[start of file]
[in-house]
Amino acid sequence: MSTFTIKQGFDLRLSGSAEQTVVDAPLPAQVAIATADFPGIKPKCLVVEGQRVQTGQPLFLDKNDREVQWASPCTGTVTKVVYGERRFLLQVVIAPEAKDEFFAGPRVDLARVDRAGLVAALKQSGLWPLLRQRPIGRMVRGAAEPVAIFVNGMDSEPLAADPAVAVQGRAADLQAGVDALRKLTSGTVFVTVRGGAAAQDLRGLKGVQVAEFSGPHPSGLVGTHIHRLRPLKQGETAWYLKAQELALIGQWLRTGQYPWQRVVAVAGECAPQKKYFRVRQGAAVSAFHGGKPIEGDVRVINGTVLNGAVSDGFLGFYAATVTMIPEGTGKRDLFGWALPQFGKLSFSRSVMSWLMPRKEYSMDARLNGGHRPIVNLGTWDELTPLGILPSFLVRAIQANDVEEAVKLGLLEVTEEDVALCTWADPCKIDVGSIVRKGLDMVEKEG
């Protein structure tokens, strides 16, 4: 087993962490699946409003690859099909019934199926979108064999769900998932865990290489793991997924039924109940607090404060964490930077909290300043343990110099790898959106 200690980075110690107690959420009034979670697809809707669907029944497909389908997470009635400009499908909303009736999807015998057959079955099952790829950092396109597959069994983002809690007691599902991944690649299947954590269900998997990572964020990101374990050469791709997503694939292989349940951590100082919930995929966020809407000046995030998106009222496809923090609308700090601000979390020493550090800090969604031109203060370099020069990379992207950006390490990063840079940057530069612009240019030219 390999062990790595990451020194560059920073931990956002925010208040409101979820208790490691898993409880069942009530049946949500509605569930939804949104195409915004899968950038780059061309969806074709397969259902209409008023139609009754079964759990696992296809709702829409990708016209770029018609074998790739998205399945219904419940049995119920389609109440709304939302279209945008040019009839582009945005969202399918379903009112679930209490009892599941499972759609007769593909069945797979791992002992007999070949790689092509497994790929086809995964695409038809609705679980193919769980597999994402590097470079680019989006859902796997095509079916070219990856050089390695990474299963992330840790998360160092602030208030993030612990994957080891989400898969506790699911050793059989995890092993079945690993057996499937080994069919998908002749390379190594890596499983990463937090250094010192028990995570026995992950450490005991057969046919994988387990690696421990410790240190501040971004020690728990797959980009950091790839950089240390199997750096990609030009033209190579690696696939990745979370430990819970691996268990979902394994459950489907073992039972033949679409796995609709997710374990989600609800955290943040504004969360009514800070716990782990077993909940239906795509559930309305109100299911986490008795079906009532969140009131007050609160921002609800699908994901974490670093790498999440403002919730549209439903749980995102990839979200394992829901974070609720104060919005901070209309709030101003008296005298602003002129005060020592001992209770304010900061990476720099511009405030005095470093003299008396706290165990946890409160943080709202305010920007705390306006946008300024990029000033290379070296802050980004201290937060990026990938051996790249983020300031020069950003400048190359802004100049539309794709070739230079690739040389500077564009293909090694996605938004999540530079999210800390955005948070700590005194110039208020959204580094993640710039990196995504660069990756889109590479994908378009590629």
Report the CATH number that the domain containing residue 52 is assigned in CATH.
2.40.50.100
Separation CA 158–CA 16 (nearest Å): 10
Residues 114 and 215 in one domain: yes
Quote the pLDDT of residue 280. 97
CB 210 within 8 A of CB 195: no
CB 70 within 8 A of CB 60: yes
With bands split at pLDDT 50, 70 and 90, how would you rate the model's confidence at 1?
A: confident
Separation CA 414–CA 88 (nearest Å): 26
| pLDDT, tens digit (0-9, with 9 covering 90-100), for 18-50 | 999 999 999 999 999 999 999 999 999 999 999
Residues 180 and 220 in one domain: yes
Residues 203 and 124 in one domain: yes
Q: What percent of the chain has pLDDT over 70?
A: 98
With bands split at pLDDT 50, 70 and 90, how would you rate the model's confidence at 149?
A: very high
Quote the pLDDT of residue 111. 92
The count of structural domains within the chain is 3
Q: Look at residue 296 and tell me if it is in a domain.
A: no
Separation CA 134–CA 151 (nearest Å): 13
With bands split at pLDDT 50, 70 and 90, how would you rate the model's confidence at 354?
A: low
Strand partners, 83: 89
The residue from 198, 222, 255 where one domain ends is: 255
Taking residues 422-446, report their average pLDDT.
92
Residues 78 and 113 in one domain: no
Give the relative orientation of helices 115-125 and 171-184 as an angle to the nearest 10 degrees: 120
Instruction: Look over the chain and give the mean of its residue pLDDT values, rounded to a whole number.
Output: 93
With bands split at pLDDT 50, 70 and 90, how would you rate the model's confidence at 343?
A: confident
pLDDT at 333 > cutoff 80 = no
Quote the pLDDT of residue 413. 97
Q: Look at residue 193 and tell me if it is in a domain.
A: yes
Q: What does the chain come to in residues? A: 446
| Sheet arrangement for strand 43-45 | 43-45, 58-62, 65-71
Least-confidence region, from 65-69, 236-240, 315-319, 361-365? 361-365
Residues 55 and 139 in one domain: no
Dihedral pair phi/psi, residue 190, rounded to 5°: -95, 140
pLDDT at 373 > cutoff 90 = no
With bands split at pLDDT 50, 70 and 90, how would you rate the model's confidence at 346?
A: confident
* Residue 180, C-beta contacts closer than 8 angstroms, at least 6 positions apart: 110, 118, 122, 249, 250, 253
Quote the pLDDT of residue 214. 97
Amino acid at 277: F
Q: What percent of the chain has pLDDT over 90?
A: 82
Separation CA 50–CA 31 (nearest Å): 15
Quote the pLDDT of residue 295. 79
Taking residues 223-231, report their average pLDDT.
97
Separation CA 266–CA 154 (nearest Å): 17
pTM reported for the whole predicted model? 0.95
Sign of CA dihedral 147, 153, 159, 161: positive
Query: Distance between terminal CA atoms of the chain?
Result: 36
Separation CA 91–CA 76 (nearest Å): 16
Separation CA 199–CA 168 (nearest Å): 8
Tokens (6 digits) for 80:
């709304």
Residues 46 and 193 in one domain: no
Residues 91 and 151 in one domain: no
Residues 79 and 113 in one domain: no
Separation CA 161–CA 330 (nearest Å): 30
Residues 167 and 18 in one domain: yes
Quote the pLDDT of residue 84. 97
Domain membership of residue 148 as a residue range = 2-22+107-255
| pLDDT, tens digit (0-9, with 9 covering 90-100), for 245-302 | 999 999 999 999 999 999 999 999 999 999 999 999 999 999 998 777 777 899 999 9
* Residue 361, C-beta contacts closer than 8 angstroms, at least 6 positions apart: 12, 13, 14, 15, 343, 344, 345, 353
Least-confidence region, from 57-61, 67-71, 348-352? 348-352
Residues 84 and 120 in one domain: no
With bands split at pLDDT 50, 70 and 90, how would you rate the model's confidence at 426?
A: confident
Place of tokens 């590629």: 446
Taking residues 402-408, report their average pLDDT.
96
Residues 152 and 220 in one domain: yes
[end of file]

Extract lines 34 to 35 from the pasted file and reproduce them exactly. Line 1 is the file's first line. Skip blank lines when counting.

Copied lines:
Instruction: Look over the chain and give the mean of its residue pLDDT values, rounded to a whole number.
Output: 93